Re: End Of Life Tag in spdx #spdx
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Regarding: “I have no opinion on end-of-life either way, but wouldn’t the same argument apply to security vulnerabilities?”
Yes, if a software vendor chooses to list each known vulnerability with a separate V 2.3 “SECURITY advisory object “affecting a software product on day one, when the SBOM is finalized.
However, that is not the case if a vendor chooses to link to a single, dynamically generated Vulnerability Disclosure Report (VDR) using a V 2.3 “SECUIRTY advisory object”, where the link is static, but the contents delivered by the link are dynamic, which enables a software consumer to answer this question about a software product: “What is the vulnerability status NOW at the SBOM component level?”
The 5/5 NIST guidance for Executive order 14028 supports this dynamic VDR concept, which appears in SPDX V 2.3, Appendix G 1.3.1 and G 1.9:
“Maintain vendor vulnerability disclosure reports at the SBOM component level.”
Active Member of the CISA Critical Manufacturing Sector,
Sector Coordinating Council – A Public-Private Partnership
Tel: +1 978-696-1788
From: spdx@... <spdx@...> On Behalf Of Steve Kilbane
Sent: Friday, May 20, 2022 3:33 AM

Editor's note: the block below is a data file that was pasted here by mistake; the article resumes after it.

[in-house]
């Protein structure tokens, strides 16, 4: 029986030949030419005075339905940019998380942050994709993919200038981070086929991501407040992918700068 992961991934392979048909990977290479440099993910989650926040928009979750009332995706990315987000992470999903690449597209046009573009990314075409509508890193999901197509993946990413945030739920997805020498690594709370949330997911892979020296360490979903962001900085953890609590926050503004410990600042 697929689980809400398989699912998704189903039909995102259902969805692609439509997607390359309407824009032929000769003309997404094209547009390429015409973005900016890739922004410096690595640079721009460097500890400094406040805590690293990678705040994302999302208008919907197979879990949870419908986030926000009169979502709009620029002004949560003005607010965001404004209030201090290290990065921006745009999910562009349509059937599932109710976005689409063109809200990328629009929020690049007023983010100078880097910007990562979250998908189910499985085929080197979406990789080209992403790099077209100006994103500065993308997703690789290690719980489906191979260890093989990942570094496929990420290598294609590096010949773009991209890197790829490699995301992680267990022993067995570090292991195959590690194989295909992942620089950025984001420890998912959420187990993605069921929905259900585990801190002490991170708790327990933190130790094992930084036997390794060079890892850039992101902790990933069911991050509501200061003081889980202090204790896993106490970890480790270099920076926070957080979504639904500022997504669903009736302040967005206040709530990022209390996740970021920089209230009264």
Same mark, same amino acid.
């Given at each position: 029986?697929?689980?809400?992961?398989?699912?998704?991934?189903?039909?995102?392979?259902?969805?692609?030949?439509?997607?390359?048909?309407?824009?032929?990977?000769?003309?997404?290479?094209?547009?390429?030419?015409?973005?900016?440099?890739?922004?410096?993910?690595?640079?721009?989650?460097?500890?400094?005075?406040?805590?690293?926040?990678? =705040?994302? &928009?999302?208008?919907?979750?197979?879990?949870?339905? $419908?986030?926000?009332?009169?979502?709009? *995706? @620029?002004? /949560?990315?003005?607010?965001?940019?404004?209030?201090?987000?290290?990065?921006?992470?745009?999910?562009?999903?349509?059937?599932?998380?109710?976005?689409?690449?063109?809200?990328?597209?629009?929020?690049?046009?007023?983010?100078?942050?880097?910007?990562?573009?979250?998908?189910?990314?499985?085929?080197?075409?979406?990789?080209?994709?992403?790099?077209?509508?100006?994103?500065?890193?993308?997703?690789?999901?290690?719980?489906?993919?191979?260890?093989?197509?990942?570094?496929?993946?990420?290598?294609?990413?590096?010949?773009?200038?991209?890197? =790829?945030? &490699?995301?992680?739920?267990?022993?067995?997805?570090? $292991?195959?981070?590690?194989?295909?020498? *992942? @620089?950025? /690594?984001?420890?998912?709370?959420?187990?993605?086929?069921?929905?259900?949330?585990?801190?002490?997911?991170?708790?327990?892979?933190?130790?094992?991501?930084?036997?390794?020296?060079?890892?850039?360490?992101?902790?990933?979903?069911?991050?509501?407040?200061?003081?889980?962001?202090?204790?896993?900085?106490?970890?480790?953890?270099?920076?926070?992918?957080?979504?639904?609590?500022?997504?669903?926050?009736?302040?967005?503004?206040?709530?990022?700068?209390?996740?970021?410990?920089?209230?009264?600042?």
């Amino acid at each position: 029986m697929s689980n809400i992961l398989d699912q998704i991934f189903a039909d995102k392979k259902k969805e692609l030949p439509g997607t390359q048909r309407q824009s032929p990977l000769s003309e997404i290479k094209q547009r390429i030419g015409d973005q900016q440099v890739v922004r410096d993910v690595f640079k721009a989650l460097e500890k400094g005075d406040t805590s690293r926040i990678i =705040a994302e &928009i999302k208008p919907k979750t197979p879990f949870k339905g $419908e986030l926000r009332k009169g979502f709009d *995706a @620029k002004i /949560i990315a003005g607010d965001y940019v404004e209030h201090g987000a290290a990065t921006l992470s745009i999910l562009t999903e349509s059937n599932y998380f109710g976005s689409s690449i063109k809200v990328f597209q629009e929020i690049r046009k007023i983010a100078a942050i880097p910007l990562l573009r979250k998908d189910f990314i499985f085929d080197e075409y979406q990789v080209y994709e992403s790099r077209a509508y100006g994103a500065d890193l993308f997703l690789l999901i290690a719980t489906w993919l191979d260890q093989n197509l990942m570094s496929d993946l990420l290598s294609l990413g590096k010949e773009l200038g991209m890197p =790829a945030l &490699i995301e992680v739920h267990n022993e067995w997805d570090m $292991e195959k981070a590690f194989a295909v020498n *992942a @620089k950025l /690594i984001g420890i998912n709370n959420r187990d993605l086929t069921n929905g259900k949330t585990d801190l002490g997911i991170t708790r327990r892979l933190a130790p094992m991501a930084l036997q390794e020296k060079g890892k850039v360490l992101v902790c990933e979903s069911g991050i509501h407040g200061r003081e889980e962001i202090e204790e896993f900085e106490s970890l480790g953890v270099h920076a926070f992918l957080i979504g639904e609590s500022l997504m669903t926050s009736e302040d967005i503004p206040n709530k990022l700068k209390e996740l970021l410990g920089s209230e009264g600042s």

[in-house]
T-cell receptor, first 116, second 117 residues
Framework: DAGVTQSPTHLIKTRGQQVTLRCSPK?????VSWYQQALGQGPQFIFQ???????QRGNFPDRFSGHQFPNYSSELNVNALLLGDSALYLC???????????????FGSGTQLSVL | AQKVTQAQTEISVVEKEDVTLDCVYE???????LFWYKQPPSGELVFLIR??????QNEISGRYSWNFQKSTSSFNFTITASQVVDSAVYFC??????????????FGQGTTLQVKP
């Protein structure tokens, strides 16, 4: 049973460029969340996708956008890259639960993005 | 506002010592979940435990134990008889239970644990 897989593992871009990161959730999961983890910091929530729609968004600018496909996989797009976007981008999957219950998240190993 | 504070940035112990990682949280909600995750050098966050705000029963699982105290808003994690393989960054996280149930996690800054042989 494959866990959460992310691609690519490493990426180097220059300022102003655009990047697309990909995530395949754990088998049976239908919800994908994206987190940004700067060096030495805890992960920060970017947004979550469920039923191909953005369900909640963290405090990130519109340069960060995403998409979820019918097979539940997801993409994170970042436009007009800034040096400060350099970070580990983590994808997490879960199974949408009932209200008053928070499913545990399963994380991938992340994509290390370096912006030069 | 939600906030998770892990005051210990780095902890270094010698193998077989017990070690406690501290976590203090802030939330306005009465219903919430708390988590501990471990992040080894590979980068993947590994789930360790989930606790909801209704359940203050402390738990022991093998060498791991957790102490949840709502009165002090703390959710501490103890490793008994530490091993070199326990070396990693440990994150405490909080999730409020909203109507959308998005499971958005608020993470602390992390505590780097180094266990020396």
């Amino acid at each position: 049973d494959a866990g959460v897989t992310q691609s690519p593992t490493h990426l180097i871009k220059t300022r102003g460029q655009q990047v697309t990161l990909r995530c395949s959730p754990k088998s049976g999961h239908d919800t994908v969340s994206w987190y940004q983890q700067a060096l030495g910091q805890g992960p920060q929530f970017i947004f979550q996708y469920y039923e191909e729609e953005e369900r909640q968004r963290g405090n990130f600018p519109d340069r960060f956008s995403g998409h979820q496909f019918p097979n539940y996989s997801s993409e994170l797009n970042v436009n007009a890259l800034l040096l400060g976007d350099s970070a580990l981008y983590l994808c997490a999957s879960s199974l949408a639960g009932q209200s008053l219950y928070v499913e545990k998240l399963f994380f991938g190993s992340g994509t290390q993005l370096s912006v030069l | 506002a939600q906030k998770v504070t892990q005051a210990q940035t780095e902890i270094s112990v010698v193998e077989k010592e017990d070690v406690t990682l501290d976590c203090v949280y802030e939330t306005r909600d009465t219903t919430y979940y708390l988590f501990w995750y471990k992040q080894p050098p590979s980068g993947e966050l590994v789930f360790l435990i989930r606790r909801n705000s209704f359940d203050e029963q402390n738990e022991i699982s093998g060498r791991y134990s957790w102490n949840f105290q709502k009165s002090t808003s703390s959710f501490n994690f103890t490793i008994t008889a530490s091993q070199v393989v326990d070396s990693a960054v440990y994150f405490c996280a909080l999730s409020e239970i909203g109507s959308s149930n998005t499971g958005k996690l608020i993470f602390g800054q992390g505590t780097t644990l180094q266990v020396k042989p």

Subject: Re: [spdx] End Of Life Tag in spdx #spdx
> Current information inside SPDX documents is largely static […]
> This would make SPDX a lot more cumbersome, as not only do the documents need to be generated, but they also need to be updated all the time to avoid falling out of sync
I have no opinion on end-of-life either way, but wouldn’t the same argument apply to security vulnerabilities?
I would suggest to keep this information "out of band" and not inside SPDX documents. Current information inside SPDX documents is largely static: package, license, checksum, and so on. Of course there could have been errors that need to be fixed, but overall these fields are static.
EOL information, commercial status and support status on the other hand are much more dynamic. Sometimes packages are supported for only a few hours, sometimes for decades. Very often it is also not clear when a package is EOL or supported as many authors/maintainers do not announce it. The support is sometimes also not done by the author/maintainers, but by an external entity (for example: enterprise grade Linux distributions). Does this mean it is supported, or only supported for people willing to pay for it, or .... ? It is simply not clear and it adds a lot of fuzziness.
This would make SPDX a lot more cumbersome, as not only do the documents need to be generated, but they also need to be updated all the time to avoid falling out of sync. It also mixes syntax and semantics, which is never a good idea.
Armijn Hemel, MSc
Tjaldur Software Governance Solutions